To ameliorate the situation, Liz releases a statement saying that Jordan isn’t hateful, “he’s just an idiot.” And in response to that, Jordan stages a protest against Liz and TGS for offending the “idiot community,” of which he, Denise Richards, strippers, stay-at-home moms and scuba divers are all a part.
The first glaring problem with the show’s effort to address the situation is that it equates a comment about literally murdering someone for being gay to a comment about how being gay is “stupid.” In a poignant response to Jordan’s routine, Max Gordon argues that this kind of violence is very real and thus cannot be forgiven as a rant from an “equal opportunity offender.” He reminds us,“There was the story just in the news last week of Kirk Andrew Murphy, experimented on in a study as a child for being ‘overly feminine,’ and who recently killed himself.” I winced, but I turned the page, like I’ll turn the page with Morgan.
Just like I turned the page in 2000 when I read about Steen Fenrich, a 19-year-old black gay man from Bayside, Queens, who was murdered and dismembered by his stepfather. I wonder how Steen walked when he came in the house the day he died. Was he swishing, or limp wristed, or “manly enough?” Probably not. I guess that’s why his stepfather decided to “stab that little n****r to death.” 
The fact that Tracy Morgan’s comments were violent and that Tracy Jordan’s were not is a significant erasure and turns a problem of structural violence into interpersonal disagreement.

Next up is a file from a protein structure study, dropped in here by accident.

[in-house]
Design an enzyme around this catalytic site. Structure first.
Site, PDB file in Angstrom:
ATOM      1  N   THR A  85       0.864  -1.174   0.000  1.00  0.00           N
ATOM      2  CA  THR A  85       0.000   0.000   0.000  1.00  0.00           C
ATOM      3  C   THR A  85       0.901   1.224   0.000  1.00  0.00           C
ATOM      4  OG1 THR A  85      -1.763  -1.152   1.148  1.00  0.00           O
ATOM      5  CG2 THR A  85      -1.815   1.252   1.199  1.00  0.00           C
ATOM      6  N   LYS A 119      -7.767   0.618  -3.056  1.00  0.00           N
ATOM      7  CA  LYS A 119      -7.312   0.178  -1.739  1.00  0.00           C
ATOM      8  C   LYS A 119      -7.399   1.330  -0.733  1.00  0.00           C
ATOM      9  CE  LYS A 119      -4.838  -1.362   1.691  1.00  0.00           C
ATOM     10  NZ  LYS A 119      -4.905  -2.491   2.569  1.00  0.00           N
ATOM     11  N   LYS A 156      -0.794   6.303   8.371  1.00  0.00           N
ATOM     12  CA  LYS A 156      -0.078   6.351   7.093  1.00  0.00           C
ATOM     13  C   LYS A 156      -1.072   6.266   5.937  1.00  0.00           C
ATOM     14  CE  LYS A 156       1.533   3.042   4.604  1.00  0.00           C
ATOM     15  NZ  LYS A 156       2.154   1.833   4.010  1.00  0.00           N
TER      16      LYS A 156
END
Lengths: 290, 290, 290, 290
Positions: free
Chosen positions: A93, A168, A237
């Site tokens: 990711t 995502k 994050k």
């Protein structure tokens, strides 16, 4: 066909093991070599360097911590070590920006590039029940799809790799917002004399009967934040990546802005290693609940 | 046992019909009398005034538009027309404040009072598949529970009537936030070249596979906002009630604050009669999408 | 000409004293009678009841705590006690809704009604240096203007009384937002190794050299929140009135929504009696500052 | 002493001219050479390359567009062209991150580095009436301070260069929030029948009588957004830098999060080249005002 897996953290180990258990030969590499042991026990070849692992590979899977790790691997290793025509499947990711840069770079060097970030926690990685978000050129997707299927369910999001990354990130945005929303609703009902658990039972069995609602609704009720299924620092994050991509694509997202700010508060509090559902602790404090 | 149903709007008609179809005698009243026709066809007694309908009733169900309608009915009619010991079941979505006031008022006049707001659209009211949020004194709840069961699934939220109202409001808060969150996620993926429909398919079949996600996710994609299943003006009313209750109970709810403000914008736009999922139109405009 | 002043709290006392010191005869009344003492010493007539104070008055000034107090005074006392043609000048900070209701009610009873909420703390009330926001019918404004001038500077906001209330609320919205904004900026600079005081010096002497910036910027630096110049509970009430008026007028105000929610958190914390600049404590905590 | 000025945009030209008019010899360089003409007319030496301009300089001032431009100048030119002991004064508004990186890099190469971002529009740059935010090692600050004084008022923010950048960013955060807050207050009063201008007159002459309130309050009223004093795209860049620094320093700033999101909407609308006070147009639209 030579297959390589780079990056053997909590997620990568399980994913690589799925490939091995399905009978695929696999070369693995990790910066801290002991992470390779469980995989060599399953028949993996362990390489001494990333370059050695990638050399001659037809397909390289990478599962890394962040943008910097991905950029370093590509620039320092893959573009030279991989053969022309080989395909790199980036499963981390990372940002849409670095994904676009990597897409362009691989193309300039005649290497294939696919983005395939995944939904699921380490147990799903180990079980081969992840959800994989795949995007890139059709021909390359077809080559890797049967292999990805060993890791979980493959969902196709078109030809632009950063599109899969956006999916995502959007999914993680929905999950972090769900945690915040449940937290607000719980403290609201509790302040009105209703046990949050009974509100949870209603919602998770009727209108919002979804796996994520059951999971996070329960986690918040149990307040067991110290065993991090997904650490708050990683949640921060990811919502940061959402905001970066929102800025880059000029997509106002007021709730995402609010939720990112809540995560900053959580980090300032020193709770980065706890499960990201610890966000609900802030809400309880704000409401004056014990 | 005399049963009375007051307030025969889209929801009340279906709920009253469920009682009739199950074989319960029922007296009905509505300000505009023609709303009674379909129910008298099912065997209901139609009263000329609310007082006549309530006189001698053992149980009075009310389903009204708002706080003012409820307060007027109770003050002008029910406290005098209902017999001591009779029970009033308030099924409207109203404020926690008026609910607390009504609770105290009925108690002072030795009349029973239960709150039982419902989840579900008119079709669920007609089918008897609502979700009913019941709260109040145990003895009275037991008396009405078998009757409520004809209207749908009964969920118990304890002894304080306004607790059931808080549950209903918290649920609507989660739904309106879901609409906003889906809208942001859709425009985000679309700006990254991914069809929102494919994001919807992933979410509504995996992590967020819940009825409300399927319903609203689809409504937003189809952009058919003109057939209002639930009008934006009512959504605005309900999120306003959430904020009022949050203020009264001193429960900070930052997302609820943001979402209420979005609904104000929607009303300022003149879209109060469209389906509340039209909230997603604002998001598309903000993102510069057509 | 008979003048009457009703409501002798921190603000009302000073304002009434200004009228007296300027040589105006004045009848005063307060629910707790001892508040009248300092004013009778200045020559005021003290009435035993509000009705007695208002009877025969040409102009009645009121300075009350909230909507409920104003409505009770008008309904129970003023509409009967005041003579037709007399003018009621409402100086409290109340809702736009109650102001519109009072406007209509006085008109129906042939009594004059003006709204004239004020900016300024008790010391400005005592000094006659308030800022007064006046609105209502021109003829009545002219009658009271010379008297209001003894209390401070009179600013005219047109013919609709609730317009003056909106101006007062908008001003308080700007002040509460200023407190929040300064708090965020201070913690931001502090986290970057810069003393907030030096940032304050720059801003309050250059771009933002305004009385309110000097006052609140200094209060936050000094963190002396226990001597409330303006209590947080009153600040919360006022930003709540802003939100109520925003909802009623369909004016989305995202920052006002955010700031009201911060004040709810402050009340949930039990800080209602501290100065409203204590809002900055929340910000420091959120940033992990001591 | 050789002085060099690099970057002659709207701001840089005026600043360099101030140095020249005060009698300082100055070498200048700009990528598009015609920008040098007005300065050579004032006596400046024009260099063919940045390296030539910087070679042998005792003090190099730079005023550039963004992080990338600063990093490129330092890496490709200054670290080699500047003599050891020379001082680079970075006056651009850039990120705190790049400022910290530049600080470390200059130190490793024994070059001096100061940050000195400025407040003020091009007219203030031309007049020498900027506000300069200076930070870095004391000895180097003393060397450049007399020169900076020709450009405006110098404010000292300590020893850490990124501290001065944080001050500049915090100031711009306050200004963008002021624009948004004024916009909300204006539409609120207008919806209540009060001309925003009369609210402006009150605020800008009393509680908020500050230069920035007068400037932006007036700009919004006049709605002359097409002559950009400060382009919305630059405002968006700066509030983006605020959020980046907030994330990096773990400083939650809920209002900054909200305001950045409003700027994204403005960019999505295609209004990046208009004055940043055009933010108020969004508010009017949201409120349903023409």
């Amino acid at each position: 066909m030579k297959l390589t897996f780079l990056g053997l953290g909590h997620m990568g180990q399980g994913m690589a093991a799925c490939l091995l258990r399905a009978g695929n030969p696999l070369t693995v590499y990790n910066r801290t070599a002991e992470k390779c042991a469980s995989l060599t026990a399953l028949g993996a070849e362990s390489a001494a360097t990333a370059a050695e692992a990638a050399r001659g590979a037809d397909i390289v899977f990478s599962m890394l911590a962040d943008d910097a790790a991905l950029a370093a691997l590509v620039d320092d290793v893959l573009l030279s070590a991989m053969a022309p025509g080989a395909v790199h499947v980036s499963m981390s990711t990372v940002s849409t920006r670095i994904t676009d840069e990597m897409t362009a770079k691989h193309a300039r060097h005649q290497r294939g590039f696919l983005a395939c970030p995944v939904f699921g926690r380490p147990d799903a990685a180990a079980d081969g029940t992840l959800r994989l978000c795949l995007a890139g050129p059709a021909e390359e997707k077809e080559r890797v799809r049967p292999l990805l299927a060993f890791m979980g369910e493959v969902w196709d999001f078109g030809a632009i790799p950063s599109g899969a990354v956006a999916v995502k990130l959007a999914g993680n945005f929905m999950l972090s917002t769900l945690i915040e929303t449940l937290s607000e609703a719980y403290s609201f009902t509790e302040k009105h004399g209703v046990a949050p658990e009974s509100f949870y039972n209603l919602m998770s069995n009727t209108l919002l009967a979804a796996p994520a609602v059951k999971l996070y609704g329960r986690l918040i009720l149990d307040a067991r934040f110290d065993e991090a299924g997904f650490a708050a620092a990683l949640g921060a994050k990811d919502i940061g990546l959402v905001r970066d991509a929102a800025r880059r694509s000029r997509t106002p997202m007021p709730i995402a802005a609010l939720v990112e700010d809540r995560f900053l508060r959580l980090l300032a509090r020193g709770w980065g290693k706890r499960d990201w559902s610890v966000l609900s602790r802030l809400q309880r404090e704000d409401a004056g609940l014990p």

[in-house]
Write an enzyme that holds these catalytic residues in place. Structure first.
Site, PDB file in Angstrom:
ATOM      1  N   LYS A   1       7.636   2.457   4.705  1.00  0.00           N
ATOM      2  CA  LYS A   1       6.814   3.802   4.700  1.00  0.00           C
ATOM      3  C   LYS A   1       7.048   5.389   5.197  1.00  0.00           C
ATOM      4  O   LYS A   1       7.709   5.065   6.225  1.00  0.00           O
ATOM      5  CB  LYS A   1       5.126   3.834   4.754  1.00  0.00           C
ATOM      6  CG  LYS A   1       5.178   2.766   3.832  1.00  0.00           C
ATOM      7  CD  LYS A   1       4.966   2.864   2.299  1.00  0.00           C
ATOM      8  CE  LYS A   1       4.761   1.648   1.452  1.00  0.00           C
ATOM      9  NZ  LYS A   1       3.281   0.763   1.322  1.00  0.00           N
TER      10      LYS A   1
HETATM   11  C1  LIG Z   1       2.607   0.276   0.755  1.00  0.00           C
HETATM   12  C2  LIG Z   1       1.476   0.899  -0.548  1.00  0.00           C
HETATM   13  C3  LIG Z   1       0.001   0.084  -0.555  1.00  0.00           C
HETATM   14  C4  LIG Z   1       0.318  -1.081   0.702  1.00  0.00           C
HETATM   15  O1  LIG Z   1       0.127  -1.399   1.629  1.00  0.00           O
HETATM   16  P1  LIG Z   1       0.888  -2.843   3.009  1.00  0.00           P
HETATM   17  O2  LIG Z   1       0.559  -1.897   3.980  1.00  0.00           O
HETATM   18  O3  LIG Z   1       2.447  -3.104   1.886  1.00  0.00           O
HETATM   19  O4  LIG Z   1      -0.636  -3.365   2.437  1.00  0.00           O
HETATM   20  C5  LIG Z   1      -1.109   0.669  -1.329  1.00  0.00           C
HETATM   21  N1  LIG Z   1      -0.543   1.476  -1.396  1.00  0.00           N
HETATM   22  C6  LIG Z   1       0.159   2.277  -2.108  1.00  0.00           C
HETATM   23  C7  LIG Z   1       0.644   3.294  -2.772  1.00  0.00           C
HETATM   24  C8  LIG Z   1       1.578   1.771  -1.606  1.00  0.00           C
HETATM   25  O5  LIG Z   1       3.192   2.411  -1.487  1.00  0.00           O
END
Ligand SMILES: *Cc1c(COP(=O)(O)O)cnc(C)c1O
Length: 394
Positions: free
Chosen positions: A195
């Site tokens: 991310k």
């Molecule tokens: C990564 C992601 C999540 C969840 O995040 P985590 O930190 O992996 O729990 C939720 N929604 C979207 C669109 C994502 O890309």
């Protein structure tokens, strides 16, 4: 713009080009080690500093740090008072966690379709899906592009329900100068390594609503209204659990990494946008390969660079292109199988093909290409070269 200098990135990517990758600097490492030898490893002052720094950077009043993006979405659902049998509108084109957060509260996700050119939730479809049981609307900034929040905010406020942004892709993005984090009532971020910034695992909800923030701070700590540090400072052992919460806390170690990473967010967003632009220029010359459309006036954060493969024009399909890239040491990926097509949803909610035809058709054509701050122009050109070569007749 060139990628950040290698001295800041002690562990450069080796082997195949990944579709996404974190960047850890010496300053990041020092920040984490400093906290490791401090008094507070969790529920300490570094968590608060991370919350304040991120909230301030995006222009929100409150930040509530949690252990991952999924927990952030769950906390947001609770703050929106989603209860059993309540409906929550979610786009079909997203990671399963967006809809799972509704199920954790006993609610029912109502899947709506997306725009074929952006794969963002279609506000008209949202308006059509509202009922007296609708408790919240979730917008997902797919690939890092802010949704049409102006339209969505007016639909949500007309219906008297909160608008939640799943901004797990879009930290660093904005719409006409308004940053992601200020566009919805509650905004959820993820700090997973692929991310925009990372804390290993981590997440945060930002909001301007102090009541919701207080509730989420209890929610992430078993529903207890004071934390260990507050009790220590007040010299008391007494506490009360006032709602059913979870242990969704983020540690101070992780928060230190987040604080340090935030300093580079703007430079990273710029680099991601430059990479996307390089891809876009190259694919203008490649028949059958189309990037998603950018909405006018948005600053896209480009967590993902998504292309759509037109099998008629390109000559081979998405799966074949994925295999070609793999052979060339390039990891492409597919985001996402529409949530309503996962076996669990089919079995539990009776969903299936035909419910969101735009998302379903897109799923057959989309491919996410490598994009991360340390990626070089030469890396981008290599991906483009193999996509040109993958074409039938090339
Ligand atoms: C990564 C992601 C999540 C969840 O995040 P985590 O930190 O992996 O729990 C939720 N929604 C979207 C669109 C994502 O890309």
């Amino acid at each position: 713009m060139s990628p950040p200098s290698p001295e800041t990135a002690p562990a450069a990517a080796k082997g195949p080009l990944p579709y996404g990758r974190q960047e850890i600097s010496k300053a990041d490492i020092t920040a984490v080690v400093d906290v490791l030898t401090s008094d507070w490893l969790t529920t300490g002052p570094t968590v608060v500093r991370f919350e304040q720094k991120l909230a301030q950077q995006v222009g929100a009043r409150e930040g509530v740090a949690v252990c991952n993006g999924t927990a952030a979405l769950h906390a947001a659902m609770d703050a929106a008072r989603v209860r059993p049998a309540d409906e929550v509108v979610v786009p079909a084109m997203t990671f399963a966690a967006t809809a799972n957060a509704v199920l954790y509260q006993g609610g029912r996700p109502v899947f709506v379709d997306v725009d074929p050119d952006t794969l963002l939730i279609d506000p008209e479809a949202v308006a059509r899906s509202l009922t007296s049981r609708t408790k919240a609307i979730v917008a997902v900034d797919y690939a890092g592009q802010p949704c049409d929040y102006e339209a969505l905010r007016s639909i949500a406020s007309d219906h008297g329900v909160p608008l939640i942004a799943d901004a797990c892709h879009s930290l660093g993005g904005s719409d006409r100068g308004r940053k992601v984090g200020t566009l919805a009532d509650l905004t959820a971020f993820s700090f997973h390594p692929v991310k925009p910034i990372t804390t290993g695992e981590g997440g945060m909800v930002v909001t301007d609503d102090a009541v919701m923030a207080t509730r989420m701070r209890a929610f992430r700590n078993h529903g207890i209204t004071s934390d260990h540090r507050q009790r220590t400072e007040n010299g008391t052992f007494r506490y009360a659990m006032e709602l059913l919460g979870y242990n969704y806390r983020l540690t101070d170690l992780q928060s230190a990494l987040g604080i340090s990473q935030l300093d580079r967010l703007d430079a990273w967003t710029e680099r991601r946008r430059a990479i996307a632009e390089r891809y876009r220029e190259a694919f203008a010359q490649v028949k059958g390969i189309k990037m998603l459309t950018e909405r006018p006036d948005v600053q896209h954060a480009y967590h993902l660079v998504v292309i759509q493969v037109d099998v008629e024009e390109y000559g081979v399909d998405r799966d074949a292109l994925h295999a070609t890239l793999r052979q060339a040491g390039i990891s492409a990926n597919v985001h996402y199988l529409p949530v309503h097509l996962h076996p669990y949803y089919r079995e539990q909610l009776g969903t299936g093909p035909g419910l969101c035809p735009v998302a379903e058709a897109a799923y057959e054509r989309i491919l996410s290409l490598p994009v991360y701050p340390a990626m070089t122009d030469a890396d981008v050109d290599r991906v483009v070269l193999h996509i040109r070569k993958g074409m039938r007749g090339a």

But I was also dismayed with the Liz Lemon response and the whole “ironic protest by the community of “idiots” thing. This plot move was based in the idea that offending “idiots” would be so absurd that it would distract from the old controversy with a ridiculous/unrealistic controversy.
What 30 Rock didn’t realize is that the word “idiot” is absolutely worthy of a real response, since it is a form of ableist language. Ableist language is “the devaluation of disability” that “results in societal attitudes that uncritically assert that it is better for a child to walk than roll, speak than sign, read print than read Braille, spell independently than use a spell-check, and hang out with nondisabled kids as opposed to other disabled kids” .
According to a blogger on disabledfeminist.com, the term “idiot” in particular is a
word which is commonly used to denote low intelligence, and it’s also a word which many people are unaware is ableist in nature. “Idiot” is also closely tied to ideas about intellectual worth, and attitudes that people with intelligence which does not meet an arbitrary standard are somehow lesser human beings.